Ah. The dream. To play games and claim it as work. This has been a vision for subbies for years; indeed from before they discovered Adventure Training 'recon' as a valid risk-reduction activity. But herein lies a problem – why do we continue to insist that games are mutually exclusive to work? Do we not spend millions on war games? Why are some types of games more important than others? In a previous article on the Cove, Mark Mankowski claimed that playing computer games actually improved the user's tactical nous. While this is an extension of a previous discussion we had in our sister blog, the Land Power Forum (here and here), Mark's claim is extremely valid and worth extending upon. In this offering I would like to quickly explain why some games, such as Wargame Red Dragon, are useful in developing tacticians but useless in the development of strategic thinking. I will then propose a set of attributes for determining the usefulness of other games for developing the strategic thinker.
Developing tactical decision making
One of the key characteristics of military leadership is quick decision making. We, as tacticians, are often required to make rapid decisions in information vacuums. Fast decisions based on a paucity of information, usually conducted in an unconscious or non-linear process, is the hallmark of intuition. Intuition relies on the unconscious recognition of a pattern of events to anticipate future outcomes. It is intuition that allows us to shortcut our formal decision making process and make snap judgements. It is why your preferred COA often looks exactly the same before and after you've rolled through the MAP. You have unconsciously deduced the optimum response based on previous experience.
Experience is the foundation of intuition
Experience allows you to develop mind maps (heuristics) that connect specific conditions with probable outcomes. In almost every situation, you are unconsciously comparing the present reality with your stored mind maps in an attempt to make sense of that situation. It's why the first day of service is so difficult. There are no reference points for your new life. Yet you rapidly develop a set of mind maps that allows you to understand why that angry SGT is suddenly so important. Over time, the quality of your mind maps improves as similar situations are encountered and expected outcomes materialise.
Tactical wargames, such as Red Dragons, allow you to experience those conditions that directly relate to combined arms. Mark contends, quite rightly, that this experience will create a set of mind maps which directly contribute to your tactical intuition within the combined arms context. Hence, in the absence of 'real' experience, the recommendation that you play realistic war games to improve your tactical leadership is solid. However (there is always a caveat) context is important. This type of intuition is perfect for tactical decision making in a combined arms setting however completely useless in the development of strategic thinking.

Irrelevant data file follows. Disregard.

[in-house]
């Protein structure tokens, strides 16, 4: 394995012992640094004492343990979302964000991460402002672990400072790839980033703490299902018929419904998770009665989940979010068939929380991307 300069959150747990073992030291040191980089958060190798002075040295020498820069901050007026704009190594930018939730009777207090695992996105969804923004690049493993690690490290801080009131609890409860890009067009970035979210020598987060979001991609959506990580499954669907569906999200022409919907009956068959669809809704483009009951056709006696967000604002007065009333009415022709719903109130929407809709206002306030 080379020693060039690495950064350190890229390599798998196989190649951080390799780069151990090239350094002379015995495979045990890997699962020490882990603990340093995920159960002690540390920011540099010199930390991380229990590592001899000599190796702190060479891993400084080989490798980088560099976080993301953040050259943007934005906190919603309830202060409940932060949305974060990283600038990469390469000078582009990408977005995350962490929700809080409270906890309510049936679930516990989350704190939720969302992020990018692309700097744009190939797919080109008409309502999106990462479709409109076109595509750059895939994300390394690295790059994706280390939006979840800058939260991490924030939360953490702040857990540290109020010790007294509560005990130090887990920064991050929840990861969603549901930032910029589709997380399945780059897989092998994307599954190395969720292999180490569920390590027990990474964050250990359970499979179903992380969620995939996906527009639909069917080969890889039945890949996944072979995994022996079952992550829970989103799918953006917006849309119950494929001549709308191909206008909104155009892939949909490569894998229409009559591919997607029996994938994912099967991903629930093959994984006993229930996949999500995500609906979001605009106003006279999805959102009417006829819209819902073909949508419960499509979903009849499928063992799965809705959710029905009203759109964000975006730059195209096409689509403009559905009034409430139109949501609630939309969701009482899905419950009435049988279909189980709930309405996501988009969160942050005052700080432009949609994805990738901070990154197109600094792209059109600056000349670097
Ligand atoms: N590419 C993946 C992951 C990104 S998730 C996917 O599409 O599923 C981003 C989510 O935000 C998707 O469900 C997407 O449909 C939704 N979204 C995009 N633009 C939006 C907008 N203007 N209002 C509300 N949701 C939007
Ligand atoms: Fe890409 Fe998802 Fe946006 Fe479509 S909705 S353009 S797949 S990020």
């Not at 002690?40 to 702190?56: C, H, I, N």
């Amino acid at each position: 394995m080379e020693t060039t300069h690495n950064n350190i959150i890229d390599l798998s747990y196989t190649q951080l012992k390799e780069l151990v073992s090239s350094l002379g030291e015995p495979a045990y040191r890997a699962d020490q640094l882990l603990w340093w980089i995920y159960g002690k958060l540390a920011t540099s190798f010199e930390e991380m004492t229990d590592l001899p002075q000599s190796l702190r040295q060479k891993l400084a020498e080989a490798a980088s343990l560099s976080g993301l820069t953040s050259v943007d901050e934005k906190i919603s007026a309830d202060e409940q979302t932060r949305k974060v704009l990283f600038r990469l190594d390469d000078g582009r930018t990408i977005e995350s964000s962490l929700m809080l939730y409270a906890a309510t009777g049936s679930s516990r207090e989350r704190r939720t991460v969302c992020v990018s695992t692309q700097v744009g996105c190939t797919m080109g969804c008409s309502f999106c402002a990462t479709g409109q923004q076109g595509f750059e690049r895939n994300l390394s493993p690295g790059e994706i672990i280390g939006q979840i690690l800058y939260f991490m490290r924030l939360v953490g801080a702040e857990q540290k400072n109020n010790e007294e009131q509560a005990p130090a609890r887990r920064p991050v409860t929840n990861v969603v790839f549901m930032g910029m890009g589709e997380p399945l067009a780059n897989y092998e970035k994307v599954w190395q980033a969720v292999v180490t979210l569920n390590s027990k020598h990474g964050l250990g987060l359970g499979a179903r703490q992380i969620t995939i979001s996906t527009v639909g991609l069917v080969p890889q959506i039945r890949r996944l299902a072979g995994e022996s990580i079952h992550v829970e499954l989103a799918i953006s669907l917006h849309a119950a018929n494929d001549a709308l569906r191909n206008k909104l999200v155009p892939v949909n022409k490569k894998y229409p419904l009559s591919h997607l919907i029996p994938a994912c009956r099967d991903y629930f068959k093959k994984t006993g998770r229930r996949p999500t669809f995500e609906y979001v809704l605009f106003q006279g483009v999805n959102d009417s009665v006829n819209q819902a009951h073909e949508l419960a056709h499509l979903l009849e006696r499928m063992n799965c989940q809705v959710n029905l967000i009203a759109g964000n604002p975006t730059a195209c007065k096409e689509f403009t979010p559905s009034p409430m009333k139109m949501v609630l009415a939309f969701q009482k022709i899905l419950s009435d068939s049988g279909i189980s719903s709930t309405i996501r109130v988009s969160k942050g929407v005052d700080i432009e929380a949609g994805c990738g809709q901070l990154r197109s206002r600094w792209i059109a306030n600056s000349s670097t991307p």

Developing strategic decision making
I have previously established in my article, Developing Strategic Thinking (in the Australian Army Journal), that intuition is one of the four significant characteristics of a strategic thinker. So how can I claim that developing intuition will not develop strategic thinking? It is because there are at least three types of intuition – affective, inferential and holistic (big-picture and abstract). Affective intuition refers to emotional reactions regardless of explicit or rational thought. This is generally your first reaction to meeting someone. Inferential intuition refers to judgement based on automated analysis. It is this type of intuition that is improved through practice and often called 'expert judgement'. It is also this type of intuition that the tactical war games are trying to improve. Here practice makes perfect.
Strategic thinking, however, relies on holistic intuition to contextualise the situation and extrapolate potential novel outcomes. Holistic intuition specifically looks to enable you to make judgements that are based on a qualitatively non-analytical process made by integrating multiple, diverse informational cues into a whole. The key to developing holistic intuition is not practice; rather it is the gathering of diverse mind maps. Here, unlike inferential intuition, quantity (as opposed to quality) of available mind maps is directly correlated to your strategic thinking capacity.
As well as intuition, it is readily accepted that the other three significant strategic thinking characteristics are systems thinking, visionary thinking and creative thinking (why these are important is the topic of another post). So, if we are to improve strategic thinking through gaming, these four characteristics would be a useful metric to determine success.
Using games to develop strategic thinking